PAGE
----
On Thursday, the day of the announcement, the Sharpton stated, “When Bill Bratton served in New York City under Rudy Giuliani, we had a very distant and adversarial relationship, but when he served in Los Angeles, he and I and the Los Angeles chapter of National Action Network worked closely on gang violence and police misconduct matters. Mr. Bratton knows of my concerns and the concerns of others about racial profiling in stop-and-frisk policing but, at the same time, is aware of our desire to continue the decrease of violence and crime in our community.

“I told Mayor-elect Bill de Blasio and Commissioner Bill Bratton that I hope they will work with a broad cross-sector of New Yorkers to continue the pursuit of both, and we discussed meeting over the next few days to discuss these matters with him and with other civil rights and community leaders.”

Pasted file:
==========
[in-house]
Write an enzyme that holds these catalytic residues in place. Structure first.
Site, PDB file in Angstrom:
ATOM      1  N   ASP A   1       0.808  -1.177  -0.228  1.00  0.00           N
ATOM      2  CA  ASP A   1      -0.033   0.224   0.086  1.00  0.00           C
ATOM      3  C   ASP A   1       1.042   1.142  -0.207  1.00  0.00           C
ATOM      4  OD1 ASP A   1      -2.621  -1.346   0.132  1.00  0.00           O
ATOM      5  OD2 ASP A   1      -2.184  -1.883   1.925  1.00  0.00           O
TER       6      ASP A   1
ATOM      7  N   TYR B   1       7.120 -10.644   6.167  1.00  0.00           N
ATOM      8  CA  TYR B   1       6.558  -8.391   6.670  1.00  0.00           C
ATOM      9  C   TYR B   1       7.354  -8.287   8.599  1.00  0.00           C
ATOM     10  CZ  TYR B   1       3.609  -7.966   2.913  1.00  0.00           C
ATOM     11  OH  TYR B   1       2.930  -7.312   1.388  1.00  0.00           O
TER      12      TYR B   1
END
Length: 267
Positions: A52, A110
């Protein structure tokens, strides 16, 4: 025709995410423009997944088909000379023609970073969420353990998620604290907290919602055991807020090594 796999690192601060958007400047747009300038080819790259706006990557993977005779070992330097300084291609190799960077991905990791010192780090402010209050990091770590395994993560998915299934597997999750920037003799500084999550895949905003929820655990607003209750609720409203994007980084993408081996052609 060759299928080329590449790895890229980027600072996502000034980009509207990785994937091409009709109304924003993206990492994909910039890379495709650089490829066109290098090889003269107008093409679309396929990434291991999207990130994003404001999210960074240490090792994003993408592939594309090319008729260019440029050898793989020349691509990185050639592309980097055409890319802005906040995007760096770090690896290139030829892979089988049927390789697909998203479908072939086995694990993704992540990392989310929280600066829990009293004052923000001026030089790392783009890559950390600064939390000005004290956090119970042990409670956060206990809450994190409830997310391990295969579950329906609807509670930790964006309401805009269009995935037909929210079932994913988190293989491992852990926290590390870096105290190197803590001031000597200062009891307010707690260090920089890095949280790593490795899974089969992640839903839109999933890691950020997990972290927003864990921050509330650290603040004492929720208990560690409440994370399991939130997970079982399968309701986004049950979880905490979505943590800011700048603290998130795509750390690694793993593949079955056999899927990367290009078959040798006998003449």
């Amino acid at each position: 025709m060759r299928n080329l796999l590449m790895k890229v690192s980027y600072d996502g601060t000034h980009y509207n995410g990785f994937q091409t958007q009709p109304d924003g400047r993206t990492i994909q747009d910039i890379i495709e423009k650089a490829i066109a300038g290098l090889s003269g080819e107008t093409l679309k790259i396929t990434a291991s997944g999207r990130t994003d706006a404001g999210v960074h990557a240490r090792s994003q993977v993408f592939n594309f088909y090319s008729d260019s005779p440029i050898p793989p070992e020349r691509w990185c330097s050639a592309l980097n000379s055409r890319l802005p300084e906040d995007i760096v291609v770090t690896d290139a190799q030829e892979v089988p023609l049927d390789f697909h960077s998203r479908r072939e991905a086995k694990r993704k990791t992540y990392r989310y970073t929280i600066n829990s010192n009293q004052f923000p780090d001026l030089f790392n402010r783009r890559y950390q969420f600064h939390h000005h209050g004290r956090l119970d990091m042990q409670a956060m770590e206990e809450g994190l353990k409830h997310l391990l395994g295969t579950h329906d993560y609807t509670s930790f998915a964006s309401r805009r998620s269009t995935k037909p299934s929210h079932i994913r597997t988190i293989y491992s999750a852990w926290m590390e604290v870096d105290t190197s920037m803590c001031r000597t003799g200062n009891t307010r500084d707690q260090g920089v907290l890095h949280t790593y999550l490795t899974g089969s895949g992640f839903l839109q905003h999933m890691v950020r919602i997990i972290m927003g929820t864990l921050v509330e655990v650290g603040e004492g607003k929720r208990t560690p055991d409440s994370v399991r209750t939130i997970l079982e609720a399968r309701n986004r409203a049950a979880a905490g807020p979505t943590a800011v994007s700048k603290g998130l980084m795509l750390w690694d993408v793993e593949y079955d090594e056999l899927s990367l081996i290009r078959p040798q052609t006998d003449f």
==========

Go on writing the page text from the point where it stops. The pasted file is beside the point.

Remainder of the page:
Anti-stop-and-frisk activist Jose LaSalle warned, “It is important for the people to rise up when there is an injustice. People [have suffered] enough, and for de Blasio to appoint Bill Bratton as police commissioner tells us that we need to prepare ourselves, our families and our friends for another four years of unconstitutional abuse, criminalization of innocent people, assaults and murders by the militarized Police Department. Why?

“‘I am choosing the best police leader in the United States of America … Plus, [he’s] someone I trust on the philosophical level. We are kindred. We share the same beliefs,’ said de Blasio.”

LaSalle charged, “Bill de Blasio’s true intentions are manifesting themselves now that he no longer needs the people’s vote. He deceived the people by using his Black family to give the false impression that he was concerned for the issues of people of color. He even said that he shares the same beliefs as Bill Bratton.”

LaSalle concluded, “Now it is up to … the real freedom fighters to step up and make Bill de Blasio’s transition to mayor not a smooth one. Join the Stop Stop and Frisk Freedom Fighters and other non-sellout grassroots movements to send a message to de Blasio: ‘We the people will not go quietly into the lies and deceptions of the de Blasio administration.”